Buying a damaged vehicle can be an excellent experience. The modern vehicle is constructed with an average of 30,000 parts. All vehicles (new and used) will experience faults, fatigue and even failure. A small percentage are related to accidents but all can be replaced and or repaired. The big question is usually – Is the juice worth the squeeze?
Some accidents leave a vehicle incapacitated to the point of such significant expense that there is very little “hope” for restoration. The cost to replace modern parts has risen significantly in recent years and can be the cause for many to choose not to restore a vehicle. Insurance agencies use equations to determine the outcome of a damaged vehicle. When it is not financially responsible to restore a vehicle due to labor costs, parts costs, parts availability and access to professional repairmen, an insurance company will buy the vehicle in its damaged condition, render the title ‘salvage’ and resell the vehicle at a local or regional auction. This description of the process covers 95% of the scenarios for salvage vehicles. This is not always the cause for salvage nor the outcome.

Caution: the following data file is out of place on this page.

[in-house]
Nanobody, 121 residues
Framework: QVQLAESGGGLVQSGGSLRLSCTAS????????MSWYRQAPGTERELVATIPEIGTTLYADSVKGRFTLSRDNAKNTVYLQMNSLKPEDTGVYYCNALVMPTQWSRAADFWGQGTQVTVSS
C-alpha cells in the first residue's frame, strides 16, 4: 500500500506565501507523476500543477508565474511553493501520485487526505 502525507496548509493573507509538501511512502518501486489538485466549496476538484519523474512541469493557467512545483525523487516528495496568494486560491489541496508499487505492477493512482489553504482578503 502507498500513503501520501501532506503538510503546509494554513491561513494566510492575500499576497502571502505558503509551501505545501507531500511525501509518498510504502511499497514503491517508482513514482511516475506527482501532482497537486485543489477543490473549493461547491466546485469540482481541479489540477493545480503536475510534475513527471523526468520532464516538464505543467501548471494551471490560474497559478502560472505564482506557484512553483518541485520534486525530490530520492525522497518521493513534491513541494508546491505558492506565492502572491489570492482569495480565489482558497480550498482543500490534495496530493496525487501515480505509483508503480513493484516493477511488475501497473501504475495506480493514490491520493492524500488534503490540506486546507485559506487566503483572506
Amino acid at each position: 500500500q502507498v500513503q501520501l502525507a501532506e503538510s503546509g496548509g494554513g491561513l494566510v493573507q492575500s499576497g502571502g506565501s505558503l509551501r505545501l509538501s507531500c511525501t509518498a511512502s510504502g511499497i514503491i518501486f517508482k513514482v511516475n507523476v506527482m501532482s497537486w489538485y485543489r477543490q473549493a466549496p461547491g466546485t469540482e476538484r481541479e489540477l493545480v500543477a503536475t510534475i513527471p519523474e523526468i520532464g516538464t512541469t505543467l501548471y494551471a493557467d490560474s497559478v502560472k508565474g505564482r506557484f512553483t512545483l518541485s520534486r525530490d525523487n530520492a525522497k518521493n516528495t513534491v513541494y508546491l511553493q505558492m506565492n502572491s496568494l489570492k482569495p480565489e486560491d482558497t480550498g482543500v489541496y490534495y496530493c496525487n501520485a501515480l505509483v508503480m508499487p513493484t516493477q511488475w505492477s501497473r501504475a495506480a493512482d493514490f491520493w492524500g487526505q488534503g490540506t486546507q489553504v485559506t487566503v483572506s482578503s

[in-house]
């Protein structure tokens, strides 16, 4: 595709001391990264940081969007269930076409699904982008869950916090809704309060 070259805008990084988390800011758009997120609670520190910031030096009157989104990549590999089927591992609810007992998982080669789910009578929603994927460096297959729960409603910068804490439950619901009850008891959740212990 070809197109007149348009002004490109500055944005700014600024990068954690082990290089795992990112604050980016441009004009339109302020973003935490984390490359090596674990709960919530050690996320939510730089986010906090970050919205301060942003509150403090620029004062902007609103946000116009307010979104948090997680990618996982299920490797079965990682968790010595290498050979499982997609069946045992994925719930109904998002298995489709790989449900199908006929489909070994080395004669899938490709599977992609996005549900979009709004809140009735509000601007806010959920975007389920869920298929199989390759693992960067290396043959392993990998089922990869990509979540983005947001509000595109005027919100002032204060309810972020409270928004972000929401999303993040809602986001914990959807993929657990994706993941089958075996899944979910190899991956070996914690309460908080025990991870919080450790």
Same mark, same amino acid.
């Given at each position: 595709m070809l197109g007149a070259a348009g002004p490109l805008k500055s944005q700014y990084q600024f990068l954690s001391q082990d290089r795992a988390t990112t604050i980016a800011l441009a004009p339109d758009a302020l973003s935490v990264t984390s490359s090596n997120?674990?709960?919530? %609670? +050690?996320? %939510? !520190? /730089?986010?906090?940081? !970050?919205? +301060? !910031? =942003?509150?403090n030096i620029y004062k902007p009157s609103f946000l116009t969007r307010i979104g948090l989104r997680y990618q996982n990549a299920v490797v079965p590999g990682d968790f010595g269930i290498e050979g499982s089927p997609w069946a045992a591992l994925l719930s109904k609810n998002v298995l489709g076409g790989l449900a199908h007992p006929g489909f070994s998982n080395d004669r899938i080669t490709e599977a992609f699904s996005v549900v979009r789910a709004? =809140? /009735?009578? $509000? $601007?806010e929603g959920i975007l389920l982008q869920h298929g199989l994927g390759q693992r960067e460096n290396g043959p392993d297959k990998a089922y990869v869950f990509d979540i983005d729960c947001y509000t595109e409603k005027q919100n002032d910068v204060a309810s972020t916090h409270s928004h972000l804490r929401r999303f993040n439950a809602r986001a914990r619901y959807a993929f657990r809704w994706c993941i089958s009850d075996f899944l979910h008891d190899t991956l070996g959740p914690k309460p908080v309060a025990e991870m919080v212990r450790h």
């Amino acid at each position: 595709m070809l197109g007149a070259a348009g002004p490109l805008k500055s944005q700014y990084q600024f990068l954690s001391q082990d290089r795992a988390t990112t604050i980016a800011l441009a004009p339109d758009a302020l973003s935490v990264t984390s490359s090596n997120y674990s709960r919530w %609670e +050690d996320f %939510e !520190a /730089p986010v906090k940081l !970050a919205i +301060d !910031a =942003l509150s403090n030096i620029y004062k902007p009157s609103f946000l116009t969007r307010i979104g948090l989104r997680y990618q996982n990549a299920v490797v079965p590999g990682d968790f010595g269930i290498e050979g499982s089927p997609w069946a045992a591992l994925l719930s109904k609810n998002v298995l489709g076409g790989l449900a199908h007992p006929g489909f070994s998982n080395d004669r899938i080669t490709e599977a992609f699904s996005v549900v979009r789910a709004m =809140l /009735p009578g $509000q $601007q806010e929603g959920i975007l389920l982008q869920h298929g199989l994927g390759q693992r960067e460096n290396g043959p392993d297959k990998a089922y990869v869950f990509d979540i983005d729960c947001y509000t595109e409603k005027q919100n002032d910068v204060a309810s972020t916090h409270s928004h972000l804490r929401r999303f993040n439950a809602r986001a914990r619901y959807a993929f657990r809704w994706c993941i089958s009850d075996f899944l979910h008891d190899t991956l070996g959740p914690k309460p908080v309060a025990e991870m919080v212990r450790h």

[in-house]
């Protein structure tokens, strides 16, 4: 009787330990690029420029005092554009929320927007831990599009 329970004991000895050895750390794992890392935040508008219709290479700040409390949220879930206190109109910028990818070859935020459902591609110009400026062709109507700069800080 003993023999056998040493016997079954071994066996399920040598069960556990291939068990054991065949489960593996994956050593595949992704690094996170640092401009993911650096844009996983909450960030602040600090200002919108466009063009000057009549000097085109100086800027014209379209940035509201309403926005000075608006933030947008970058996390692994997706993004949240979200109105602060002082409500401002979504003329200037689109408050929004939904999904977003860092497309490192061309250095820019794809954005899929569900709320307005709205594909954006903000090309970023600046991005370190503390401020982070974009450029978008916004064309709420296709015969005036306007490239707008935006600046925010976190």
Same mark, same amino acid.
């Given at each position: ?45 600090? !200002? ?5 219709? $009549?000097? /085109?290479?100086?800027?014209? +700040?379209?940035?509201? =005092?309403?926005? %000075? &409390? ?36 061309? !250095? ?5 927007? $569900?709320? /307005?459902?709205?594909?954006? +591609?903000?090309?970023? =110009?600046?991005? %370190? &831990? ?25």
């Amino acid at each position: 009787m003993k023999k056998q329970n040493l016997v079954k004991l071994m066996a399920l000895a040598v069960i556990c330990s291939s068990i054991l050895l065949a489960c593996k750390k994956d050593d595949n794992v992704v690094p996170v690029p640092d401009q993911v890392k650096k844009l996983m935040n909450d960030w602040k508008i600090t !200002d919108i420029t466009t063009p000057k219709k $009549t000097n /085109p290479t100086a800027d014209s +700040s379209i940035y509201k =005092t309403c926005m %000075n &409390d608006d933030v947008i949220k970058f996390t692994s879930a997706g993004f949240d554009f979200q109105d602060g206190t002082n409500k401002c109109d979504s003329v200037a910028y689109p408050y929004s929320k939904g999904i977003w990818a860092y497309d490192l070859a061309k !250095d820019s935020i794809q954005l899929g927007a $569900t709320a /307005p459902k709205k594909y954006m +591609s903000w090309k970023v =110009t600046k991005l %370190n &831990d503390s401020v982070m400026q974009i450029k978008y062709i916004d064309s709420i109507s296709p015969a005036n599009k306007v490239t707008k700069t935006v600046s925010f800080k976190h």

At DRIVE Rebuilders our efforts focus on vehicles that offer value through sweat equity and savings. When a damaged vehicle is properly restored it can be used as an excellent form of transportation, usually at a cost savings.
There are many cases where salvage or “rebuilt” vehicles have problems. Our many years of experience suggest these problems stem from two areas – 1. an untrained or novice repairman and/or 2. the use of defective parts. When repairing a damaged vehicle be sure to consult and hire professional repairmen. The quality of your car’s repair depends on the quality of the repairman. In addition, replace the damaged parts. Some body panels can be repaired depending on the talent of your repairman. Most shouldn’t be repaired. They should be replaced. If the part is damaged, replace it. This will give you the strongest chance for a high quality, defect-free repaired vehicle.